I will never forget it. My junior year of college was one of the most racially charged time periods in my life, much like what we are experiencing today across the United States.
Five events took place in one month at the University of Texas at Austin:
- The Martin Luther King Statue was egged on MLK Day.
- UT Police Department confirmed the surveillance camera for the statue wasn’t recording but was put in place to appease Black students.
- A majority-white fraternity held a “ghetto” themed party. People dressed up in black face, wore several gold necklaces and shirts with hand-written notes saying “I love watermelon”.
- Racist flyers were passed around campus by a non-UT affiliated group which read, “White women: Do not have sex with Black men. They all have AIDS.”
- A Black student, who was my classmate and fraternity brother, was almost arrested for playing the piano on a public floor in a student union building. The police said he looked “furtive,” and after confirming he was a UT student, proceeded to check his driver’s license for any warrants.
All in one month. End of January to the end of February, 2003.
David looked at us and said, 'We are here tonight because we are your family. I want you to know I am so sorry this has happened to you. I want you to know we love you and you are welcomed here.'
It was a tremendously rough time for us. Black students gathered at an InterVarsity Black Campus Ministry for bible study, and then it happened: the moment that forever changed my view of every culture, the kingdom of God, and what racial reconciliation can look like. Our campus minister, Corey Tabor, said, “I have a surprise for you,” and the over 150 students poured into our room.
Black students were surrounded by White, Asian, South Asian, and Latino students. They all had flowers in hand and several had tears in their eyes. Sabrina Chan, Corey Tabor, Fara Choi, and Eric Vogt, who were part of that diverse team of campus ministers, stood in aisles. David Hanke, the white former Austin Area Director who now pastors in Arlington, VA, came to the front of the room. I saw someone who was a prolific speaker stand in front of us with trembling hands and voice and an endless stream of tears.
David looked at us and said, “We are here tonight because we are your family. I want you to know I am so sorry this has happened to you. I want you to know we love you and you are welcomed here. We simply want to pray for you and give everyone a flower.”
We were all in tears. It spoke to wounds we had buried and forgotten we had.
Wounds we live with everyday.
That was it. David, Sabrina, Corey, Eric, Heather, Lanee, Rebecca, Nathan, Fara and all the other staff there gave us a picture of racial reconciliation and one of the most transformative experiences of my life.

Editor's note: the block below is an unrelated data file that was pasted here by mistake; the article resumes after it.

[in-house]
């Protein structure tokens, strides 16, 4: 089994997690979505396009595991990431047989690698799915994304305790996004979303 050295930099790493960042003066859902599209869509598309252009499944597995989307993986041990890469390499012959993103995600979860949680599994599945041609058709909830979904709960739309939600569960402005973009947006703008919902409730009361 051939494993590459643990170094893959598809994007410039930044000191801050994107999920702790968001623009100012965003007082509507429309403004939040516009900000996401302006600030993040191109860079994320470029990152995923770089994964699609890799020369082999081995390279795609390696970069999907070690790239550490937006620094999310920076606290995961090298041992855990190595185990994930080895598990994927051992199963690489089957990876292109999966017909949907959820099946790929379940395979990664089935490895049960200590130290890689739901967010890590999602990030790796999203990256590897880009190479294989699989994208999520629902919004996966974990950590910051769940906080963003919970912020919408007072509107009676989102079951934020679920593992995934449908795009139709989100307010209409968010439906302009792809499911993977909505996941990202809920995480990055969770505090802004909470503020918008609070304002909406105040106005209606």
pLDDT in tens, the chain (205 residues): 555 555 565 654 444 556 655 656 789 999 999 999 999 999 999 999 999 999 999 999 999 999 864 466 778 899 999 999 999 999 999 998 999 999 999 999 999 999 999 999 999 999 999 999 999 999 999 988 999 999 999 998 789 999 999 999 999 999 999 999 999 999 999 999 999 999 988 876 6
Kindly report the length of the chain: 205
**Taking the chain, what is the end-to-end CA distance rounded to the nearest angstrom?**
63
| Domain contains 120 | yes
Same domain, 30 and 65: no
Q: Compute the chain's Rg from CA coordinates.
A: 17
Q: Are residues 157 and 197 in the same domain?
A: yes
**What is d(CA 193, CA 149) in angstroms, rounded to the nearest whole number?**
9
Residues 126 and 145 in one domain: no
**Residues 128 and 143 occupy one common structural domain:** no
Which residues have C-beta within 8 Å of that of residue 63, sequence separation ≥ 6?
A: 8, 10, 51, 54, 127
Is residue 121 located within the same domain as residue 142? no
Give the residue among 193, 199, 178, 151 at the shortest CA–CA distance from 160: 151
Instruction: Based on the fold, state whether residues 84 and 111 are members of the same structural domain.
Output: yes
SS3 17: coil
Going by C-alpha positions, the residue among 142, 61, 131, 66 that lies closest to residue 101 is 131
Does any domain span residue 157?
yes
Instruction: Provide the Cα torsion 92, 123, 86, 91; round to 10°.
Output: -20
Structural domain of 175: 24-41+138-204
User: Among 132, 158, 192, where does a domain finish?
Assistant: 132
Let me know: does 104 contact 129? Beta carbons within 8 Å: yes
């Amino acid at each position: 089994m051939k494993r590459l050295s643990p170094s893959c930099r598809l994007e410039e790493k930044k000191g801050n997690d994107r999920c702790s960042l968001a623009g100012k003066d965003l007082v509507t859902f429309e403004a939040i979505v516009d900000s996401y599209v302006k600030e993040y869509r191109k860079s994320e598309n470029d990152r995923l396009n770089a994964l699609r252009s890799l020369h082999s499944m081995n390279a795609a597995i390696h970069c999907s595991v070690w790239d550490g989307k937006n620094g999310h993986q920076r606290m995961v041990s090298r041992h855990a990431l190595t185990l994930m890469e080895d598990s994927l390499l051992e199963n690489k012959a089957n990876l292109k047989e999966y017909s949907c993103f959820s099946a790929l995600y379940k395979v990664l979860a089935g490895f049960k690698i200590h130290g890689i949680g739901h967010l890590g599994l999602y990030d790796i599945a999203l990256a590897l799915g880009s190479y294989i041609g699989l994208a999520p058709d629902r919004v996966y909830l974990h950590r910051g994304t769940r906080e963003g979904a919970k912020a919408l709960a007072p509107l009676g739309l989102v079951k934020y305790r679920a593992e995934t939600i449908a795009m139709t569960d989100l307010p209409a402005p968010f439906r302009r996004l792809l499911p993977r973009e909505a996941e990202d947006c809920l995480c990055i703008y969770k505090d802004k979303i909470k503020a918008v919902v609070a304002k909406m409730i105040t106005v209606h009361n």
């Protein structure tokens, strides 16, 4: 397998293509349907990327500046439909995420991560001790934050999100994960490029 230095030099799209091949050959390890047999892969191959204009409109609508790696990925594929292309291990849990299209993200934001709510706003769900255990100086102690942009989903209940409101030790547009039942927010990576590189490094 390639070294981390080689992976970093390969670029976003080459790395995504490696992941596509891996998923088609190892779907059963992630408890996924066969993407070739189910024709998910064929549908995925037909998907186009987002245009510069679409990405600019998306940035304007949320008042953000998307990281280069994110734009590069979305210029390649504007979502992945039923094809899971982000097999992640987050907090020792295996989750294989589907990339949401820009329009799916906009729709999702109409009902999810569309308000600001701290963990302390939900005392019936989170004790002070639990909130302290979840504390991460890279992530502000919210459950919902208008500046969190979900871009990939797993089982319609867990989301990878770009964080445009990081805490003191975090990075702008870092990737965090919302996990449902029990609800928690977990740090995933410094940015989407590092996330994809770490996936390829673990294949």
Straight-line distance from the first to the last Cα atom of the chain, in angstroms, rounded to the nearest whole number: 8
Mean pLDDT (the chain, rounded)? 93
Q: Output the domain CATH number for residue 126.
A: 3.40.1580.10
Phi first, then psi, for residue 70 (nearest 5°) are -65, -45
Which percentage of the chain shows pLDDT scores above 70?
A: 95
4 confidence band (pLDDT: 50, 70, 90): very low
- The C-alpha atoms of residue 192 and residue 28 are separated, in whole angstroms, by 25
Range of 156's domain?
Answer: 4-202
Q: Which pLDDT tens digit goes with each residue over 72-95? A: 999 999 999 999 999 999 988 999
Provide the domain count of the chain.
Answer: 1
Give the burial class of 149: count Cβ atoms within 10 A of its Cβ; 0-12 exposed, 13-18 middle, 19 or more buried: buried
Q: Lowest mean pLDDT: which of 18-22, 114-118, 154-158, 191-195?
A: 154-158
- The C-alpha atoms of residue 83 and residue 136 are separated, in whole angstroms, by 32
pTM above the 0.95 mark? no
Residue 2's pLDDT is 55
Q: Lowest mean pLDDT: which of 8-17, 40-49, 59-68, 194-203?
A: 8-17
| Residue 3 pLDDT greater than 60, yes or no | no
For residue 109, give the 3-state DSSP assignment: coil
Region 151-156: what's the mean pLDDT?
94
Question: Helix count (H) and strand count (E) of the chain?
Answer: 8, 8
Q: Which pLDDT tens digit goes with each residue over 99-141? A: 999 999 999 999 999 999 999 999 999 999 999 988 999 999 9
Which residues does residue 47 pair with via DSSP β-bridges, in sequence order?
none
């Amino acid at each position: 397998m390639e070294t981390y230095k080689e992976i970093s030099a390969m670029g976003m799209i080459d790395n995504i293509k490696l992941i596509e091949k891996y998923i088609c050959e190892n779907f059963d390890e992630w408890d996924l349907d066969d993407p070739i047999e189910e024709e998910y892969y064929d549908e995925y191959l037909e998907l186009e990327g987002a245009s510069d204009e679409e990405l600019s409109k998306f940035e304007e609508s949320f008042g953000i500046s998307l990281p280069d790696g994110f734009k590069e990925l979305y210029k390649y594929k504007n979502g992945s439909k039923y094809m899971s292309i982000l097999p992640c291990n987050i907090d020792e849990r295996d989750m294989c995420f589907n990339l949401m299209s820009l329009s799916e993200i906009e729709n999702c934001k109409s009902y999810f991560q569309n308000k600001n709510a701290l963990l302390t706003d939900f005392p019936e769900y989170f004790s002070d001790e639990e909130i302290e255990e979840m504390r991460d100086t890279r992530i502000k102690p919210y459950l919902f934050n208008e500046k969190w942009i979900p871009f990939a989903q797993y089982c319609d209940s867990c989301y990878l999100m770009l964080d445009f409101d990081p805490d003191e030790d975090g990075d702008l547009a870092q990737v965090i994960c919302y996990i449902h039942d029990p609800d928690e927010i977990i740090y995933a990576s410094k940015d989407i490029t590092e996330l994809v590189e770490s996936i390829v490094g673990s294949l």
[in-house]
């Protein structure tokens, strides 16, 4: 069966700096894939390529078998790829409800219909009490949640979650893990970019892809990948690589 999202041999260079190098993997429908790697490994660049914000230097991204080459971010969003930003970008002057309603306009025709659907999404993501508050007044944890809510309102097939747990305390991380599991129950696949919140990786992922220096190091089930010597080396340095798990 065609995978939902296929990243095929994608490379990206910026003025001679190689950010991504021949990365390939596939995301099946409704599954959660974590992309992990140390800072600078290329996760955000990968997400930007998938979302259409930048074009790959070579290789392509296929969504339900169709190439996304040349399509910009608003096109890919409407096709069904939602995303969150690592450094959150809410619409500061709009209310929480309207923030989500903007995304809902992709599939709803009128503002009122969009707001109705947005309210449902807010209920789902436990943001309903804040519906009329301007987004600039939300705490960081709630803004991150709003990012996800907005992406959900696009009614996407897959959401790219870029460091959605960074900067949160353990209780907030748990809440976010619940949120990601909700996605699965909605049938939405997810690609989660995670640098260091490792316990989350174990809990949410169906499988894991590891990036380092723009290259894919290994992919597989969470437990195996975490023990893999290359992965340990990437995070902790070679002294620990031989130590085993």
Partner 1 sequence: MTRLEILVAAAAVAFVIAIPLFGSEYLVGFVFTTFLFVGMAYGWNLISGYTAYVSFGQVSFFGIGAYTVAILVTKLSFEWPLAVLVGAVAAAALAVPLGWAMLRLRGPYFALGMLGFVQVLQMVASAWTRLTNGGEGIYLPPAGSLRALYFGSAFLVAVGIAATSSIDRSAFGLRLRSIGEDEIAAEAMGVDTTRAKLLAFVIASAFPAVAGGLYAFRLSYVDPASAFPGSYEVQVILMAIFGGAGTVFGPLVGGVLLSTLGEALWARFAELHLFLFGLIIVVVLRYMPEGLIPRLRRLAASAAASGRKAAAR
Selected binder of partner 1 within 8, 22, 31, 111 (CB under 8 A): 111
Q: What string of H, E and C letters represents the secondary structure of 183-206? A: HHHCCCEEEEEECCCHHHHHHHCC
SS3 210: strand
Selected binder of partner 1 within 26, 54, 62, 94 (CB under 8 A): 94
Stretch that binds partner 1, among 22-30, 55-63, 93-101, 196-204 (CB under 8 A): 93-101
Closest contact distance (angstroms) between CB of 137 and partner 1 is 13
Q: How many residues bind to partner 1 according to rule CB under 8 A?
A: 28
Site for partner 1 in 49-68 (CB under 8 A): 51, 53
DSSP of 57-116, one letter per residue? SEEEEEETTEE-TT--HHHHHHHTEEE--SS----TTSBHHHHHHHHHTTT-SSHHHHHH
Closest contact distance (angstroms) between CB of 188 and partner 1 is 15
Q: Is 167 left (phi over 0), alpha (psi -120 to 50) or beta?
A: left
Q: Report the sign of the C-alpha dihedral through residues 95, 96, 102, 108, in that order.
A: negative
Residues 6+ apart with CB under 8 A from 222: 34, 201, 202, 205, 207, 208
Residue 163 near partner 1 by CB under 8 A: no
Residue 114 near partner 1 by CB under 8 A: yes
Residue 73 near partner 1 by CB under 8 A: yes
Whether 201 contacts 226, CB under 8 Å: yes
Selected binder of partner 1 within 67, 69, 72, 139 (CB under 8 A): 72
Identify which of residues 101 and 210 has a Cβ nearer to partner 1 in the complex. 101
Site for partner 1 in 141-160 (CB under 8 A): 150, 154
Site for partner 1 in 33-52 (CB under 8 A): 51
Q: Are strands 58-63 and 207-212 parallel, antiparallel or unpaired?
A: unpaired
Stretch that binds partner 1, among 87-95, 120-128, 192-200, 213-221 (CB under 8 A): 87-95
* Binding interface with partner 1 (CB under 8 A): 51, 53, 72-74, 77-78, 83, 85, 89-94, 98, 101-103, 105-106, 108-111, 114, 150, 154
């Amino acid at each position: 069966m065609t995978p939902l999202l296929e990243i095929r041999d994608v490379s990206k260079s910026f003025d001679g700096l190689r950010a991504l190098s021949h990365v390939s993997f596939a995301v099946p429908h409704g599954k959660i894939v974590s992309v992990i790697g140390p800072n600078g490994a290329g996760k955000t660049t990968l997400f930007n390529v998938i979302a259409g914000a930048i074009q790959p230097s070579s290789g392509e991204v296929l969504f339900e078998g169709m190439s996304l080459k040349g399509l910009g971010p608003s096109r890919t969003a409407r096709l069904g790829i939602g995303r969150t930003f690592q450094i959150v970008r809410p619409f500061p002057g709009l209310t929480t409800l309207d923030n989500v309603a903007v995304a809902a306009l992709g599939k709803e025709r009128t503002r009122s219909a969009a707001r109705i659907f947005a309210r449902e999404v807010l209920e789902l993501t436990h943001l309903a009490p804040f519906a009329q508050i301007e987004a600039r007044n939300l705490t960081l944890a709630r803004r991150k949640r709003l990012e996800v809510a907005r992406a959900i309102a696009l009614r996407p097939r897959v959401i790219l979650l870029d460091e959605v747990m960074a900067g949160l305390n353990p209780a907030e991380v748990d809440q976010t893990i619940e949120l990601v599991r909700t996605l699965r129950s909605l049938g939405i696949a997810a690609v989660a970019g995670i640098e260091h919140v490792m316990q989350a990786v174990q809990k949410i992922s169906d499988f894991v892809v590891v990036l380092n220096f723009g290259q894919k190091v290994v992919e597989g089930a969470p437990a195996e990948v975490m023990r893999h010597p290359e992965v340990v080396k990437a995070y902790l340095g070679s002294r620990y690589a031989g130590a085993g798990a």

I wish we had more responses like that today. Sadly, we do not.
In the end we will remember not the words of our enemies, but the silence of our friends. - Dr. Martin Luther King Jr
Today, there is a tremendous cross-cultural misunderstanding that takes place whenever incidents occur as in the cases of Michael Brown, Trayvon Martin, John Crawford, Eric Garner…
Today, these incidents occur and there is tremendous silence in and outside of the church, and especially within too many multiethnic contexts, and people are starting to notice. I have White, Asian, Latino, South Asian friends who are starting to look at their own people and get angry at their silence.
I have Black friends who have wept saying, “So many people not Black challenge me about being diverse and engaging in multi-ethnic ministry, but when these events occur, they say nothing. How can they be opinionated about everything but this? I keep waiting for them to say something. I say something. They say nothing.”
What our silence communicates
I know some may find it difficult to speak to their friends on the topic. You may struggle to find the words to say. That makes sense, but that is not what is communicated.
Friends, let me share with you three things your silence communicates:
1. You are unaware.
The danger: It says you have not attempted to be incarnational, to walk in the shoes of a people group you want to do life with. Their culture and experience doesn’t matter. You just want them in the room.
2. You don’t think your voice is needed.
The danger: It says you are apathetic and would much rather wash your hands of the situation than be a bridge-builder and agent of healing.
3. You don’t care.
The danger: It says, “You, your people, don’t matter to me.”
I am quick to speak up about a South Asian Miss America or a Hispanic kid that sings the national anthem when they are ridiculed simply because of their ethnicity. I speak up because I care. I speak up because I have been there. I speak up because I know what silence communicates.
When we are silent:
- It breaks trust cross-culturally.
- It builds a tolerance for injustice.
- It communicates to your friends, “If this happens to me, no one will say anything.”
So, I implore you…please…
*This post originally appeared on August 21, 2014 on smwatkins.com.